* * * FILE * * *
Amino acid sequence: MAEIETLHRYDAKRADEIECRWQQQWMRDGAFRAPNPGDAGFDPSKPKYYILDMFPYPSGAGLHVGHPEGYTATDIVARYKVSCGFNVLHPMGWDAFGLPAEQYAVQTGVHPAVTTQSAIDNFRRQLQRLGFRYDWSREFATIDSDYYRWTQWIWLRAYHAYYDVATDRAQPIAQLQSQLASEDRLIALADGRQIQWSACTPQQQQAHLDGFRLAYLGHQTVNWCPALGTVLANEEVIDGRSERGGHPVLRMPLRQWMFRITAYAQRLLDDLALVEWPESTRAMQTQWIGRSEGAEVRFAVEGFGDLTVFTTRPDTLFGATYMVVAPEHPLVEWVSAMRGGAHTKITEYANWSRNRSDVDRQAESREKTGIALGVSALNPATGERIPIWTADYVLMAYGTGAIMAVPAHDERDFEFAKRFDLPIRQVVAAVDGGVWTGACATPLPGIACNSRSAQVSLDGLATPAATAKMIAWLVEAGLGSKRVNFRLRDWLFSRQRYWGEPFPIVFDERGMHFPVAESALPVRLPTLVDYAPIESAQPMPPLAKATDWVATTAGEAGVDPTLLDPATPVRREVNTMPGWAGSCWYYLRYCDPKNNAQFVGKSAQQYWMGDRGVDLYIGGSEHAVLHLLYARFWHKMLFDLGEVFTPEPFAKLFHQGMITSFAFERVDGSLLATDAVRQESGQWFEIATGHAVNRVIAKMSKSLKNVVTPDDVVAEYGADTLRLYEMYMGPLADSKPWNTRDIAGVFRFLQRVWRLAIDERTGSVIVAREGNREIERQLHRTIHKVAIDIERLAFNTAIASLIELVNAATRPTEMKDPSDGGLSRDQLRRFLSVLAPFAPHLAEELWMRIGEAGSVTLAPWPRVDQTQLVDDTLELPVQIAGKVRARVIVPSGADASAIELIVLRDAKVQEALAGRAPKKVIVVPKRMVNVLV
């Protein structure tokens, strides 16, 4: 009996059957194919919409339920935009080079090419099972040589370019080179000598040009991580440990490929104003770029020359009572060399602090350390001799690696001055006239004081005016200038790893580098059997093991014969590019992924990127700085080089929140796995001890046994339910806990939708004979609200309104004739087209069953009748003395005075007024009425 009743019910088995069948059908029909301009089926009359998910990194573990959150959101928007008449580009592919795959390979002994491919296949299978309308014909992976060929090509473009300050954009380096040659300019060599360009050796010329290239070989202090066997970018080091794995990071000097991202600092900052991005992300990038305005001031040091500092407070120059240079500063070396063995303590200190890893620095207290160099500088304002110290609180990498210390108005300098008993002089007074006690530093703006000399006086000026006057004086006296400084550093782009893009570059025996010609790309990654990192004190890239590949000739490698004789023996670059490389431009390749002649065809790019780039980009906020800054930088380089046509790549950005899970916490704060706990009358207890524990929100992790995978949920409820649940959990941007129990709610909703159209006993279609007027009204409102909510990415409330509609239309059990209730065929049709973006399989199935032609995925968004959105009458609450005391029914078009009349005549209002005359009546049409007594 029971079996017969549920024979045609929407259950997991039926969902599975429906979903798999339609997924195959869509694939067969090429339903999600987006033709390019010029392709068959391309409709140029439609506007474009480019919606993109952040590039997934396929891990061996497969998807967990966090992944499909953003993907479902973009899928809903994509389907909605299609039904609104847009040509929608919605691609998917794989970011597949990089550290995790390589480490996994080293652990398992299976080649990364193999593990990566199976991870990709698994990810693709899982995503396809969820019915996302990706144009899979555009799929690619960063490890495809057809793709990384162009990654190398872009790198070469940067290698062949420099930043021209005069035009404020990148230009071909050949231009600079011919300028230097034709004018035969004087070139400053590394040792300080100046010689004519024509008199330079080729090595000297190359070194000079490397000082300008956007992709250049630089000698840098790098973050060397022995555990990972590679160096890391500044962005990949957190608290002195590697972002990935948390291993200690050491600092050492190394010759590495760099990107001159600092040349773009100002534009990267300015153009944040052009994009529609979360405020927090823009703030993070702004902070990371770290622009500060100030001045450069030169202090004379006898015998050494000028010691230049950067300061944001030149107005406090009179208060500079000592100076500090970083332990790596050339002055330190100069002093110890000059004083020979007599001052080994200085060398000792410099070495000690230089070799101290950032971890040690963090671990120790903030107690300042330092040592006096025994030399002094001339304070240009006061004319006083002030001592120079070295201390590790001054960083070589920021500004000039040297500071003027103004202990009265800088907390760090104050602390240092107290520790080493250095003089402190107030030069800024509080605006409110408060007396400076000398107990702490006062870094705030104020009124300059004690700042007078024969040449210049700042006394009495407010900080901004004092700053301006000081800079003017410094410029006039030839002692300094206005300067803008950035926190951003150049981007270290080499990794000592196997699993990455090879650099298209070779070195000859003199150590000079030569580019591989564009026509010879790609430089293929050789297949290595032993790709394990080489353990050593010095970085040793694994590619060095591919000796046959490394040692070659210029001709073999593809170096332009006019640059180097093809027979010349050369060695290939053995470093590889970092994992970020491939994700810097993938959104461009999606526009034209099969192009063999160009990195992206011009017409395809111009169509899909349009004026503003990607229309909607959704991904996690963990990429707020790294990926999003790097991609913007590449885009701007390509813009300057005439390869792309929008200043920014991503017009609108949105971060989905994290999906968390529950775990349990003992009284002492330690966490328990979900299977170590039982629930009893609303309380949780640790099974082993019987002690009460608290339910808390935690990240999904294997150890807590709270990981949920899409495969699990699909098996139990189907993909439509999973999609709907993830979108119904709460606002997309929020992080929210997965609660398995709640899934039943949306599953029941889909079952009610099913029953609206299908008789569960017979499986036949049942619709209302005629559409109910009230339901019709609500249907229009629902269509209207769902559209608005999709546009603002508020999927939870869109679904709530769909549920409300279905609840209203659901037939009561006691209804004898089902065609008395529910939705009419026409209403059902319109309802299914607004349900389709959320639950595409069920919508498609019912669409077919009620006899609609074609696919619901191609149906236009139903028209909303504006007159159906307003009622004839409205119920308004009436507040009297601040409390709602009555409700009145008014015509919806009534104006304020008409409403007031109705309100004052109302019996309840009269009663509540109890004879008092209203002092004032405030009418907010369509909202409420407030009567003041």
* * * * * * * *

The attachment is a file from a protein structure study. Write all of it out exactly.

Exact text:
Amino acid sequence: MAEIETLHRYDAKRADEIECRWQQQWMRDGAFRAPNPGDAGFDPSKPKYYILDMFPYPSGAGLHVGHPEGYTATDIVARYKVSCGFNVLHPMGWDAFGLPAEQYAVQTGVHPAVTTQSAIDNFRRQLQRLGFRYDWSREFATIDSDYYRWTQWIWLRAYHAYYDVATDRAQPIAQLQSQLASEDRLIALADGRQIQWSACTPQQQQAHLDGFRLAYLGHQTVNWCPALGTVLANEEVIDGRSERGGHPVLRMPLRQWMFRITAYAQRLLDDLALVEWPESTRAMQTQWIGRSEGAEVRFAVEGFGDLTVFTTRPDTLFGATYMVVAPEHPLVEWVSAMRGGAHTKITEYANWSRNRSDVDRQAESREKTGIALGVSALNPATGERIPIWTADYVLMAYGTGAIMAVPAHDERDFEFAKRFDLPIRQVVAAVDGGVWTGACATPLPGIACNSRSAQVSLDGLATPAATAKMIAWLVEAGLGSKRVNFRLRDWLFSRQRYWGEPFPIVFDERGMHFPVAESALPVRLPTLVDYAPIESAQPMPPLAKATDWVATTAGEAGVDPTLLDPATPVRREVNTMPGWAGSCWYYLRYCDPKNNAQFVGKSAQQYWMGDRGVDLYIGGSEHAVLHLLYARFWHKMLFDLGEVFTPEPFAKLFHQGMITSFAFERVDGSLLATDAVRQESGQWFEIATGHAVNRVIAKMSKSLKNVVTPDDVVAEYGADTLRLYEMYMGPLADSKPWNTRDIAGVFRFLQRVWRLAIDERTGSVIVAREGNREIERQLHRTIHKVAIDIERLAFNTAIASLIELVNAATRPTEMKDPSDGGLSRDQLRRFLSVLAPFAPHLAEELWMRIGEAGSVTLAPWPRVDQTQLVDDTLELPVQIAGKVRARVIVPSGADASAIELIVLRDAKVQEALAGRAPKKVIVVPKRMVNVLV
């Protein structure tokens, strides 16, 4: 009996059957194919919409339920935009080079090419099972040589370019080179000598040009991580440990490929104003770029020359009572060399602090350390001799690696001055006239004081005016200038790893580098059997093991014969590019992924990127700085080089929140796995001890046994339910806990939708004979609200309104004739087209069953009748003395005075007024009425 009743019910088995069948059908029909301009089926009359998910990194573990959150959101928007008449580009592919795959390979002994491919296949299978309308014909992976060929090509473009300050954009380096040659300019060599360009050796010329290239070989202090066997970018080091794995990071000097991202600092900052991005992300990038305005001031040091500092407070120059240079500063070396063995303590200190890893620095207290160099500088304002110290609180990498210390108005300098008993002089007074006690530093703006000399006086000026006057004086006296400084550093782009893009570059025996010609790309990654990192004190890239590949000739490698004789023996670059490389431009390749002649065809790019780039980009906020800054930088380089046509790549950005899970916490704060706990009358207890524990929100992790995978949920409820649940959990941007129990709610909703159209006993279609007027009204409102909510990415409330509609239309059990209730065929049709973006399989199935032609995925968004959105009458609450005391029914078009009349005549209002005359009546049409007594 029971079996017969549920024979045609929407259950997991039926969902599975429906979903798999339609997924195959869509694939067969090429339903999600987006033709390019010029392709068959391309409709140029439609506007474009480019919606993109952040590039997934396929891990061996497969998807967990966090992944499909953003993907479902973009899928809903994509389907909605299609039904609104847009040509929608919605691609998917794989970011597949990089550290995790390589480490996994080293652990398992299976080649990364193999593990990566199976991870990709698994990810693709899982995503396809969820019915996302990706144009899979555009799929690619960063490890495809057809793709990384162009990654190398872009790198070469940067290698062949420099930043021209005069035009404020990148230009071909050949231009600079011919300028230097034709004018035969004087070139400053590394040792300080100046010689004519024509008199330079080729090595000297190359070194000079490397000082300008956007992709250049630089000698840098790098973050060397022995555990990972590679160096890391500044962005990949957190608290002195590697972002990935948390291993200690050491600092050492190394010759590495760099990107001159600092040349773009100002534009990267300015153009944040052009994009529609979360405020927090823009703030993070702004902070990371770290622009500060100030001045450069030169202090004379006898015998050494000028010691230049950067300061944001030149107005406090009179208060500079000592100076500090970083332990790596050339002055330190100069002093110890000059004083020979007599001052080994200085060398000792410099070495000690230089070799101290950032971890040690963090671990120790903030107690300042330092040592006096025994030399002094001339304070240009006061004319006083002030001592120079070295201390590790001054960083070589920021500004000039040297500071003027103004202990009265800088907390760090104050602390240092107290520790080493250095003089402190107030030069800024509080605006409110408060007396400076000398107990702490006062870094705030104020009124300059004690700042007078024969040449210049700042006394009495407010900080901004004092700053301006000081800079003017410094410029006039030839002692300094206005300067803008950035926190951003150049981007270290080499990794000592196997699993990455090879650099298209070779070195000859003199150590000079030569580019591989564009026509010879790609430089293929050789297949290595032993790709394990080489353990050593010095970085040793694994590619060095591919000796046959490394040692070659210029001709073999593809170096332009006019640059180097093809027979010349050369060695290939053995470093590889970092994992970020491939994700810097993938959104461009999606526009034209099969192009063999160009990195992206011009017409395809111009169509899909349009004026503003990607229309909607959704991904996690963990990429707020790294990926999003790097991609913007590449885009701007390509813009300057005439390869792309929008200043920014991503017009609108949105971060989905994290999906968390529950775990349990003992009284002492330690966490328990979900299977170590039982629930009893609303309380949780640790099974082993019987002690009460608290339910808390935690990240999904294997150890807590709270990981949920899409495969699990699909098996139990189907993909439509999973999609709907993830979108119904709460606002997309929020992080929210997965609660398995709640899934039943949306599953029941889909079952009610099913029953609206299908008789569960017979499986036949049942619709209302005629559409109910009230339901019709609500249907229009629902269509209207769902559209608005999709546009603002508020999927939870869109679904709530769909549920409300279905609840209203659901037939009561006691209804004898089902065609008395529910939705009419026409209403059902319109309802299914607004349900389709959320639950595409069920919508498609019912669409077919009620006899609609074609696919619901191609149906236009139903028209909303504006007159159906307003009622004839409205119920308004009436507040009297601040409390709602009555409700009145008014015509919806009534104006304020008409409403007031109705309100004052109302019996309840009269009663509540109890004879008092209203002092004032405030009418907010369509909202409420407030009567003041």